Afterward, Ketchmark told Inman that “we complied with all the rules and all the obligations and we’re moving forward.”
“We’re going to let the jury resolve this case,” he added. — Andrea Brambila
3:40 p.m. CDT: Plaintiffs’ attorney Michael Ketchmark narrowed in on the consequences for multiple listing services that don’t follow the National Association of Realtors’ mandatory policies during his cross-examination of NAR Director of Engagement Rodney Gansho Tuesday afternoon.
Gansho said the only consequence is the potential loss of insurance coverage. During Ketchmark’s cross he surmised most MLS executives don’t prioritize the insurance “because they could buy their own and it’s not that expensive.”
Ketchmark produced a 2018 email Gansho wrote in which he told attorney Mitch Skinner of the Council of Multiple Listing Services that “continued failure” to adopt the mandatory rules could lead to charter revocation for the local association that owns and operates the MLS. It could also lead the local association to remove officers from the MLS because they have “effective control” of the MLS.
Gansho also inadvertently provided Ketchmark with some ammunition. Gansho told him that when HomeServices’ Jon Coile or anyone else serves on a NAR committee they owe a fiduciary duty to NAR. Ketchmark seized on this aspect of the alleged conspiracy, to which Gansho angrily replied, “There’s no conspiracy here.” — Andrea V. Brambila
1:10 p.m. CDT: National Association of Realtors Director of Engagement Rodney Gansho took the stand Tuesday morning.
Gansho walked through details of NAR’s governance system — its board of directors and committee structure — and explained aspects of NAR’s Code of Ethics, including Articles 1, 3, 12 and 16. He also laid out the Clear Cooperation Policy and how it differed from the cooperative compensation rule.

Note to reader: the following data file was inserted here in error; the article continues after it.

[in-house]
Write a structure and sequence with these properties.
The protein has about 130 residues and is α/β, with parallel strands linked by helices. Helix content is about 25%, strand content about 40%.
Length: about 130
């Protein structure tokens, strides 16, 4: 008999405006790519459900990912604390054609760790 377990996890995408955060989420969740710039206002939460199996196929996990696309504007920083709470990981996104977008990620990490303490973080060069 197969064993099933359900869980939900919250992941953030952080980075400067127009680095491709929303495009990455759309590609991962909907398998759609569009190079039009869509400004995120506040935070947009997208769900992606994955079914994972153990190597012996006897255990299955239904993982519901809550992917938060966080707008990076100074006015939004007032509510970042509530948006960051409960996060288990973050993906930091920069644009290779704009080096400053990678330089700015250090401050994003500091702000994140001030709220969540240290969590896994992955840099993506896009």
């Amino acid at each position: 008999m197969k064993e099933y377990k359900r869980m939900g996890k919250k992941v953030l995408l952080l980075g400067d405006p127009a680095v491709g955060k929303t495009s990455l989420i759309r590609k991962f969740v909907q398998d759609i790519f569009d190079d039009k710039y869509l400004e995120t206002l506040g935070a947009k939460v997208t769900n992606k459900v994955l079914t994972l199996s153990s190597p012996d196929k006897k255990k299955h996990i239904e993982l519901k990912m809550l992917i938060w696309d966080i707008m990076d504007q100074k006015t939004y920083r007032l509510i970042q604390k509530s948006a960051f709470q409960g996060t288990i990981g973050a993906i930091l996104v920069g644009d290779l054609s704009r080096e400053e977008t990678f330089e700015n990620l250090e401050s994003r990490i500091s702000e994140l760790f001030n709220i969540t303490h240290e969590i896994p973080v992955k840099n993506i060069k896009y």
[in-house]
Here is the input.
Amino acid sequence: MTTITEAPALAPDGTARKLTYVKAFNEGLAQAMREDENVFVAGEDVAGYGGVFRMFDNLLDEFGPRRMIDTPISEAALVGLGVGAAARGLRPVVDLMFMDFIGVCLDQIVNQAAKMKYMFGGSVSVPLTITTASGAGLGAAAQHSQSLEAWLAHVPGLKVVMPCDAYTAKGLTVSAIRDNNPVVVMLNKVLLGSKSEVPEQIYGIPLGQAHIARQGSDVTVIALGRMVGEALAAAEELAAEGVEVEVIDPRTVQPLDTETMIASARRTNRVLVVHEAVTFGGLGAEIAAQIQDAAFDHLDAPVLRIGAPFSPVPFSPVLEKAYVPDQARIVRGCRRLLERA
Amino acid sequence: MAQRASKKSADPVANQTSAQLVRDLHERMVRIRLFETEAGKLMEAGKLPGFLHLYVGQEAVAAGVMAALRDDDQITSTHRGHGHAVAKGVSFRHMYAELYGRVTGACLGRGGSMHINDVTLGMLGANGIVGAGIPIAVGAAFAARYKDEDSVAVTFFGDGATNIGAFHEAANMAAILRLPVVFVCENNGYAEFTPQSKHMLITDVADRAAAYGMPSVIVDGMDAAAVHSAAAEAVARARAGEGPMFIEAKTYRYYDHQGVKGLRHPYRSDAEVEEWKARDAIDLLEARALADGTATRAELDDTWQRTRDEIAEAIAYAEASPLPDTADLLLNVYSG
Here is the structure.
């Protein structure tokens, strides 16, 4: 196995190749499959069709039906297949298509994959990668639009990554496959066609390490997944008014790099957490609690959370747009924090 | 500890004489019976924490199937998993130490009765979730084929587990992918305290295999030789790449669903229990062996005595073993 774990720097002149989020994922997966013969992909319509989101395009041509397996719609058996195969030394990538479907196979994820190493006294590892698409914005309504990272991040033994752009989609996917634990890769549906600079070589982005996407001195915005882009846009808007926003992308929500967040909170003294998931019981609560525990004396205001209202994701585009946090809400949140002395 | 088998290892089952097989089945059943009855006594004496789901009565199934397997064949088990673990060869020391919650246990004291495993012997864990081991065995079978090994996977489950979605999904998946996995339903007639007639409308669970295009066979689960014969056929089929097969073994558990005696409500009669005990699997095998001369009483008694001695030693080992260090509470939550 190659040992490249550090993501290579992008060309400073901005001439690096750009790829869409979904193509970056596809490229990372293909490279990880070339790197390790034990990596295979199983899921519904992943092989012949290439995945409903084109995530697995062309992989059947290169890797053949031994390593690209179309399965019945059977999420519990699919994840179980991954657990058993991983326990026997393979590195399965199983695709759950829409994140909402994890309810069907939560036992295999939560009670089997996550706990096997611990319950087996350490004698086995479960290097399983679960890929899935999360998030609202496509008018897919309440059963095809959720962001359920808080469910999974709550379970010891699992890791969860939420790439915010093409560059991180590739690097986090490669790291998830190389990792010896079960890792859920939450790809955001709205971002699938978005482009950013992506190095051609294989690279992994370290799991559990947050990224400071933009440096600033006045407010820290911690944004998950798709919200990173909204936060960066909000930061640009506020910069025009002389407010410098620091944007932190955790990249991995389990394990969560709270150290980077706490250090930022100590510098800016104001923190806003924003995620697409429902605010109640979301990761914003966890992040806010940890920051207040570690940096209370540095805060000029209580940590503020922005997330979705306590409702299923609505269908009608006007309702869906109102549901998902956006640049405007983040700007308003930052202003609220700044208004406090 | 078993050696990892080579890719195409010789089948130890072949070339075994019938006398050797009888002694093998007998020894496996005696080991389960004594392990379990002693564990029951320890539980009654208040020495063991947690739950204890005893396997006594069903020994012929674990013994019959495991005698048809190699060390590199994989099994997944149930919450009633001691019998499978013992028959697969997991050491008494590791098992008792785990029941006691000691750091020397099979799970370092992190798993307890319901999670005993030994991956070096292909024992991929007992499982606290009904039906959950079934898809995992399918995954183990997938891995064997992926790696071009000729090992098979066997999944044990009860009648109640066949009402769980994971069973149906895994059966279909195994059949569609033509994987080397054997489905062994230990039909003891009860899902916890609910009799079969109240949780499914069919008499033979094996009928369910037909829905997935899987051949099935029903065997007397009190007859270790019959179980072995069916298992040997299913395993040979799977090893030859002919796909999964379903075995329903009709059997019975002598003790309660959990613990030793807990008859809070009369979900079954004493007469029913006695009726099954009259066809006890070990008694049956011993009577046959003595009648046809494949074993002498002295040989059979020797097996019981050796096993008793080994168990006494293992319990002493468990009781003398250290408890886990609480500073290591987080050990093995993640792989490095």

Gansho said the NAR MLS handbook was a “model” local Realtor associations use to adopt their own rules. He said they don’t have to adopt NAR’s rules, but if they don’t, “they would jeopardize their errors and omissions insurance policy.”
“They can purchase their own insurance if they want to,” Gansho said, adding that local multiple listing services enforce the rules in conjunction with local associations.
Gansho said offers of compensation in the MLS are negotiable, and he acknowledged that NAR’s decision to allow listing brokers to offer no compensation to the buyer’s agent “is relatively new.”
But when an unidentified MLS decided to change its policy — BrightMLS, according to Inman’s own reporting — NAR reversed its policy, said Gansho, who added that Bright’s decision was not orchestrated by NAR.
“We weren’t even aware of it,” Gansho said. “They never called us.” When Ethan Glass, an attorney representing NAR, asked whether leaving the compensation field blank would be the same as zero, Gansho said, “Leaving it blank is not an offer.”
Plaintiffs’ attorney Michael Ketchmark will cross-examine Gansho after lunch. —Andrea V. Brambila
11:01 a.m. CDT: Sitzer Survey: Nearly two-thirds of you said yesterday that buyers would be well-served if they could wrap their agent’s commission into their mortgage. The other 35.3 percent disagreed.
Today, we want to know: If the industry is significantly changed as a result of the scrutiny it’s currently facing, what do you think will happen to the number of licensed Realtors in the future? — Taylor Anderson